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In 1994, some of the worst atrocities in history took place in Rwanda—yet the events went almost unnoticed by the rest of the world. In only three months, almost one million people were brutally murdered during the Tutsi struggle with the Hutu militia. In the face of these unspeakable actions, Paul Rusesabagina (Don Cheadle) summoned extraordinary courage to save the lives of over a thousand helpless refugees by granting them shelter in the four-star hotel he managed in Kigali. Based on a true story. Co-starring Nick Nolte and Joaquin Phoenix. Directed by Terry George (Some Mother's Son).
 

 Hotel Rwanda

For ten years now I’ve struggled to make a film about Africa—a political film that would have as its canvas the poverty, violence and anarchy that plagues the continent. Then I read a draft screenplay about a Rwandan called Paul Rusesabagina and knew this was the story I had to tell.

At that time Paul owned, and worked, a two-car taxi business in Brussels, Belgium. I flew to meet him. He’s a charming man, precisely dressed and studied in his manner and conversation. In my hotel bar, he recommended I order a Belgian beer, “the best in the world” he said. He vouched for the hotel, which was well run, comfortable and had good staff. He knew what he was talking about because for most of his life Paul had worked in the hotel business. That night at dinner he recommended a certain French wine and was careful to instruct the waiter as to exactly how he wanted his beef cooked. Paul Rusesabagina has style, and that style, along with his cunning and courage, saved the lives of 1,268 helpless refugees, even though the entire world abandoned him in the midst of the fastest, most vicious genocide in modern history.

In April of 1994 Paul worked for the Sabena hotel chain in Kigali, Rwanda. Paul is Rwandan Hutu, his wife Tatiana is Tutsi, and through his work as manager at the four-star Milles Collines Hotel he fostered many contacts in diplomatic circles and among the Rwandan elite.

Then, on the night of April 6, Rwanda’s Hutu president was assassinated when his jet was shot from the sky. Immediately the Hutu army and their militia set about systematically slaughtering the minority Tutsi.

Paul and Tatiana herded their family and neighbors into their van and car and fled to the hotel. Over the course of the next hundred days, Paul bribed, blackmailed and bluffed several senior Hutu army officials into protecting the hotel. Along the way he watched and listened as the West pulled out all their troops and insisted that the UN do the same. Paul did not loose a single refugee to the machetes of the militia even though they howled for his blood and at one point invaded the hotel looking for him.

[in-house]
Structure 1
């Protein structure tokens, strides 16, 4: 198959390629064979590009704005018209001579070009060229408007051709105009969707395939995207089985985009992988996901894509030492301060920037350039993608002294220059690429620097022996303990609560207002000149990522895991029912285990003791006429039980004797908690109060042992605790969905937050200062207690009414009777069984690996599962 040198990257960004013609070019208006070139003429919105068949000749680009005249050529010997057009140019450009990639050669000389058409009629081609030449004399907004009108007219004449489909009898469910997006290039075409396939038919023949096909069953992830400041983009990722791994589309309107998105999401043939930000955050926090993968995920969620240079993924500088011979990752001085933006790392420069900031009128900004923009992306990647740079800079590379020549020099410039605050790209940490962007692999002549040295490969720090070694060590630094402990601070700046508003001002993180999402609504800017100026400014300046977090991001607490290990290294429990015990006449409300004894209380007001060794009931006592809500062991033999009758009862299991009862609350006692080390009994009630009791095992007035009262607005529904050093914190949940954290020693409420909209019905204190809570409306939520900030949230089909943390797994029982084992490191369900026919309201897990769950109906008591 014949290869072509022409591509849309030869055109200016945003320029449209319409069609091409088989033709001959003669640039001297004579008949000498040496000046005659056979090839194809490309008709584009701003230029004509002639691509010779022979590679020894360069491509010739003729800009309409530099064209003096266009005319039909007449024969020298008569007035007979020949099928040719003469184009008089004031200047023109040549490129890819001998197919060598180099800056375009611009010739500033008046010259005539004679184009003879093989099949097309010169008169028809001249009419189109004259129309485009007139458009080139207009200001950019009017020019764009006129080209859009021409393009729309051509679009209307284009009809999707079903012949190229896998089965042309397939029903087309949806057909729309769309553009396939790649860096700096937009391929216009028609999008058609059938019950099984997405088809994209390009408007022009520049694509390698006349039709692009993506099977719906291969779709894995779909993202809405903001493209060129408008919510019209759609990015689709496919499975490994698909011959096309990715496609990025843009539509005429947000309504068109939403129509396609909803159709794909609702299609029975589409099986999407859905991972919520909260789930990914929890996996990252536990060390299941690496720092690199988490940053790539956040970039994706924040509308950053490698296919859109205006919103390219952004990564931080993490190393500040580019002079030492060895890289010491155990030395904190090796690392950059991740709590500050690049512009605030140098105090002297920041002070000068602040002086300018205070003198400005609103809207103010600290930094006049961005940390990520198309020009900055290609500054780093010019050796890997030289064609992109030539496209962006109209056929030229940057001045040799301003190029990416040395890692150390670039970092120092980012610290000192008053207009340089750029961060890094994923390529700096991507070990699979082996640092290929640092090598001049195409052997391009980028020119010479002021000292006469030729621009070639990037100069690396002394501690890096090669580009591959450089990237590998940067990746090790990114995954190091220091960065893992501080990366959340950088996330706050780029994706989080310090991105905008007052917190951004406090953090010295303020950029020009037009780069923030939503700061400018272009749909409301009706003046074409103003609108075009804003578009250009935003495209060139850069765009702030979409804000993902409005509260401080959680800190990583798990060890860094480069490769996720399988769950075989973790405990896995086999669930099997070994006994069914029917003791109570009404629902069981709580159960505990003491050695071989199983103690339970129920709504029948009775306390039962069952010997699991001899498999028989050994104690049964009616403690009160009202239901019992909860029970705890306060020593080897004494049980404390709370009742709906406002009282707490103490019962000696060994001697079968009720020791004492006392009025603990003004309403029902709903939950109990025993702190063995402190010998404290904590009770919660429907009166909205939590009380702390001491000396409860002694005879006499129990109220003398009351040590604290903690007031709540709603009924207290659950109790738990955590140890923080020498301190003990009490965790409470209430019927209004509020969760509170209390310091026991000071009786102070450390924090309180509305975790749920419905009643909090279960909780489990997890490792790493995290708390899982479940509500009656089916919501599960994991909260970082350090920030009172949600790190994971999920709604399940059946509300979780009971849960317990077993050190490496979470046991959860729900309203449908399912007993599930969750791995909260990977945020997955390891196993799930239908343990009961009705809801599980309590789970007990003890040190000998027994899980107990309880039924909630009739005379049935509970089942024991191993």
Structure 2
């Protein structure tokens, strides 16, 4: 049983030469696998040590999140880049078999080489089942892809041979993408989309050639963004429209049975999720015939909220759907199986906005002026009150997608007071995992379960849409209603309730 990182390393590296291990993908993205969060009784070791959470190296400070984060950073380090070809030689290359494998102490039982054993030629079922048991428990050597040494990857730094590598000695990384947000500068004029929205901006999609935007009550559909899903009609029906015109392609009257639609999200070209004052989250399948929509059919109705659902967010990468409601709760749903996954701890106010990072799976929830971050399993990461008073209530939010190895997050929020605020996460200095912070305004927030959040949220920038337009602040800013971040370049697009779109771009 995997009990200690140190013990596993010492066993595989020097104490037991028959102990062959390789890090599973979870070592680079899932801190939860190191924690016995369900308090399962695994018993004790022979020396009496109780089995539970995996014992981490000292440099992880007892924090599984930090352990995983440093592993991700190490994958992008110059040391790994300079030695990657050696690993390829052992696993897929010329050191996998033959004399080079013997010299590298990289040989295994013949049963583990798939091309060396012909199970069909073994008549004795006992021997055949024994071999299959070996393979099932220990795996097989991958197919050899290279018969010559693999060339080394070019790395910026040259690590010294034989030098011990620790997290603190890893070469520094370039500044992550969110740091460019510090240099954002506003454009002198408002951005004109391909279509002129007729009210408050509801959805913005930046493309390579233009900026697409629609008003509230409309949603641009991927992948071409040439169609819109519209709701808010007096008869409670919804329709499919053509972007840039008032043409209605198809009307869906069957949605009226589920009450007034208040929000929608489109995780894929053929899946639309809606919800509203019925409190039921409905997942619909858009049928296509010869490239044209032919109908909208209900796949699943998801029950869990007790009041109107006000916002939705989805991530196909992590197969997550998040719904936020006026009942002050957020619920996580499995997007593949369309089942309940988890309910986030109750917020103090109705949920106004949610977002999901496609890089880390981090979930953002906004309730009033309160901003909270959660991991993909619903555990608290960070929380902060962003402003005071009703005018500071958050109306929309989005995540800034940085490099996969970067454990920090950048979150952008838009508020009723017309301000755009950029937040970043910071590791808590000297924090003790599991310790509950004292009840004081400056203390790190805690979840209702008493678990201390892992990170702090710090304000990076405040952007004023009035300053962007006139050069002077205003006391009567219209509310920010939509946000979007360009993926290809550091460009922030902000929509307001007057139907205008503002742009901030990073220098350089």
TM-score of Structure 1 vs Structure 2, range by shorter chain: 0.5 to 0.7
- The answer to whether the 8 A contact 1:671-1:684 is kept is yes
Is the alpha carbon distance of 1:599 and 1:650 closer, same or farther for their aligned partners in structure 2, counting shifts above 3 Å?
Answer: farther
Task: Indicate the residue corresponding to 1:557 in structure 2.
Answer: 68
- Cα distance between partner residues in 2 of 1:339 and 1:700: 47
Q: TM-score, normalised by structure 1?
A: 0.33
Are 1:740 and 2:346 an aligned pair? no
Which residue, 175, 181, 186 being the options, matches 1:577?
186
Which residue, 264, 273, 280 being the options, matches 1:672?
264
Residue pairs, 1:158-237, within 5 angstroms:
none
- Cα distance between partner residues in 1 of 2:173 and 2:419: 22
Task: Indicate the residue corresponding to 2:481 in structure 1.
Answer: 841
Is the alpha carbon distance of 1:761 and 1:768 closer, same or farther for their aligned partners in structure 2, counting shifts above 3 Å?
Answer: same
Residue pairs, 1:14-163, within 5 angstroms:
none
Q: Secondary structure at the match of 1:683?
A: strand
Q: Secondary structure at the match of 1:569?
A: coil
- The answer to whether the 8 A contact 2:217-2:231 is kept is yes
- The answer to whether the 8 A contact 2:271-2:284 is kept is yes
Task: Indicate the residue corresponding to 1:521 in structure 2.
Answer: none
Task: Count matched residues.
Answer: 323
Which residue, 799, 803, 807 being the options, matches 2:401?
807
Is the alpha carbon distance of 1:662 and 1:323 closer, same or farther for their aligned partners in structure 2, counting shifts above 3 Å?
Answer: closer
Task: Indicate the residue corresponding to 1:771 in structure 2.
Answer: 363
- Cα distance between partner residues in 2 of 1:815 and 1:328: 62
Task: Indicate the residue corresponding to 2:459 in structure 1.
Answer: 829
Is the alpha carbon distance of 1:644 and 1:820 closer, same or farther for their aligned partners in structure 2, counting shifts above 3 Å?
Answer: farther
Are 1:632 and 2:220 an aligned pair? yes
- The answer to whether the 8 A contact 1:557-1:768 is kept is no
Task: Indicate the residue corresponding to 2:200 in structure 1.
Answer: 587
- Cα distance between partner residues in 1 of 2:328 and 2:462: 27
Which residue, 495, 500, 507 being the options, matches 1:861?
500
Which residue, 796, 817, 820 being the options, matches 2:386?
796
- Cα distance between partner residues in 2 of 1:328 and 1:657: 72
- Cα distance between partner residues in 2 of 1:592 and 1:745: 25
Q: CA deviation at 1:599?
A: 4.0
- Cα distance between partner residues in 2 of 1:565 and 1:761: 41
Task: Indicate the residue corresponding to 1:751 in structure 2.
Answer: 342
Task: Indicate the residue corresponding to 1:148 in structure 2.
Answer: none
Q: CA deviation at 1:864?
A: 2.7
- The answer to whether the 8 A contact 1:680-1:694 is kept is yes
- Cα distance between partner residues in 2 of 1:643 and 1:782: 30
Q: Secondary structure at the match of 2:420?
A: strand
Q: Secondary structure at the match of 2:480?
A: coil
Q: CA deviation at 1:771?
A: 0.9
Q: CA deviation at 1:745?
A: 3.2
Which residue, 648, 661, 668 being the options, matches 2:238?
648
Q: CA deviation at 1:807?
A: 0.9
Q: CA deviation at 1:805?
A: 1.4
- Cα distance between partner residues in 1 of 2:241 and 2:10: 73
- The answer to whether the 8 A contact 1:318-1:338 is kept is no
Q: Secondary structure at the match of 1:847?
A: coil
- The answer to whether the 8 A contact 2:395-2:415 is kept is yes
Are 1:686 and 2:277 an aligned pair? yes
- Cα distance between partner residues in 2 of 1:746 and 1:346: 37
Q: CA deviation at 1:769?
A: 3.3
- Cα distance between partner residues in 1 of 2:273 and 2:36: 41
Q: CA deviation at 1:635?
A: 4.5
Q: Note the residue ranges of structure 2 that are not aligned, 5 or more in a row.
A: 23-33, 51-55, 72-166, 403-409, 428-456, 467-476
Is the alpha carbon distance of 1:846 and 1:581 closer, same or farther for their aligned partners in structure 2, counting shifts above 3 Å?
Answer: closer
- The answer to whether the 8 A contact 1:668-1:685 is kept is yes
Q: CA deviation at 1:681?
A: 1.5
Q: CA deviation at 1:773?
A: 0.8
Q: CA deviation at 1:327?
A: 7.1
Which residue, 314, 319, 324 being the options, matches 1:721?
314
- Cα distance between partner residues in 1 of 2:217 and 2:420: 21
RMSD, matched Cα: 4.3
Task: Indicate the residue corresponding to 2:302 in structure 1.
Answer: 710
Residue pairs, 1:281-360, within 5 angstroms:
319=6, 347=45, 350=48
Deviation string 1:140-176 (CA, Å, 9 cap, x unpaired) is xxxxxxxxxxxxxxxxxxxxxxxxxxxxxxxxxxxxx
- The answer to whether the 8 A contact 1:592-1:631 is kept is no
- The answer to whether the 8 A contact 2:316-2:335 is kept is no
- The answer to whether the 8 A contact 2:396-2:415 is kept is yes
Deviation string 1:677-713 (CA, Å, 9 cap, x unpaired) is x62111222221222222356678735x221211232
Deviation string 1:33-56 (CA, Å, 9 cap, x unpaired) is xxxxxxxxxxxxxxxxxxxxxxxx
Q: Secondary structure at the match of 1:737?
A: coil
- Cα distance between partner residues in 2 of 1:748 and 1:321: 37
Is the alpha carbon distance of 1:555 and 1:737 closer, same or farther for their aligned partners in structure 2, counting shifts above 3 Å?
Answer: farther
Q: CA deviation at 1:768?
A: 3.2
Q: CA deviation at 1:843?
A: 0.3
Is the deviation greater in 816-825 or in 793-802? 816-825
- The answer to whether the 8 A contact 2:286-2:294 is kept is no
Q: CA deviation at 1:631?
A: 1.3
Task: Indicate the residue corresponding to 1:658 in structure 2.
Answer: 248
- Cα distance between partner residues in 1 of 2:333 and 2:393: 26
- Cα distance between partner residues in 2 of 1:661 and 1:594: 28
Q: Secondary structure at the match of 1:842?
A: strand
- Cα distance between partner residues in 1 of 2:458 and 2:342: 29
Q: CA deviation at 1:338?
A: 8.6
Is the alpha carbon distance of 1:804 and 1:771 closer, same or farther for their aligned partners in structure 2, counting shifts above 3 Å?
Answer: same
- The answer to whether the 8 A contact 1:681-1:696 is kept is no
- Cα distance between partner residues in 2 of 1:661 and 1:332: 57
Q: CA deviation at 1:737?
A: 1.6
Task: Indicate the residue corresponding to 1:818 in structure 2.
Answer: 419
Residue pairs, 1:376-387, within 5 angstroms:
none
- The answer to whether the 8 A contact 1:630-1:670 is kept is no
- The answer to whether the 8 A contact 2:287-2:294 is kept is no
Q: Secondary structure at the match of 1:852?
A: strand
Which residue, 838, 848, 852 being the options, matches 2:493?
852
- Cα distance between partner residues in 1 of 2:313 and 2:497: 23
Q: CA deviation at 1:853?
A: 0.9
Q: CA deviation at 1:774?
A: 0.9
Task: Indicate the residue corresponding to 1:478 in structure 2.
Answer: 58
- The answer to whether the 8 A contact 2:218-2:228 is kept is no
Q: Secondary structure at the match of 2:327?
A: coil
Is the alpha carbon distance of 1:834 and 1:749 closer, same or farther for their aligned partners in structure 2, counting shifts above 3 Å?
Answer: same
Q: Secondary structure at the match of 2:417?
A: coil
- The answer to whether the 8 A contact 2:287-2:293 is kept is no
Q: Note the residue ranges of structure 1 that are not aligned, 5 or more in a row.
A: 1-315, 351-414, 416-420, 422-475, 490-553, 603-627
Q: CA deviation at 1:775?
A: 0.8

After our Brussels meeting he agreed to let me try to sell his story as a feature film. I cautioned him that it would be tough to persuade financiers to back a film about the Rwandan genocide with a black lead. Over the next year I made the rounds of the Hollywood studios. I got no offers. Then Paul invited me to return with him on his first trip back to Rwanda since he left after the genocide.

On a warm sunny day, Paul, Tatiana and some of the survivors from the hotel took me to a place called Murambi, in Southern Rwanda, to a technical college high on a hill overlooking the lush green countryside. In April 1994, the Hutu mayor promised the Tutsi of the region protection if they gathered at that technical college. Forty thousand of them sought shelter and over the course of just four days they were slaughtered. Their bodies were thrown into pits and covered with lime. Somehow the lime preserved the bodies. Today scores of those bodies are laid out on tables in the rooms where they died. They are frozen in the last desperate moments of their agony, hands pleading, heads cradled by arms, skulls cracked open by merciless machetes. There’s a babies room where tiny skeletons bear the same silent testimony to the horror.

A solitary tall man looks after that sacred place. He is one of only four survivors of the massacre. He has a hole the size of a nickel in his forehead where the execution bullet entered and failed. He led me to the lobby where there is a guest book. I signed it and a woman asked if I would like to make a contribution to the maintenance of the memorial site. I guess I had some two hundred dollars in my wallet. I gave her it all. She hugged me, almost in tears. She said it was the most money she could remember receiving. I was dumbfounded. If we have World Heritage Sites shouldn’t we have World Humanity Sites, sacred places such as Tiananmen Square, Soweto, Auschwitz and Murambi?

I made a promise there to make our film no matter what. Three years later it is done. It is called Hotel Rwanda. It doesn’t tell the story of Murambi. I deliberately steered away from the overwhelming horror and tried to focus on the incredible resilience and courage of Paul Rusesabagina so that people would be moved and encouraged by the triumph of this great good man over evil. Hotel Rwanda is not about the ghosts of Murambi but it is for them. Please go and see it.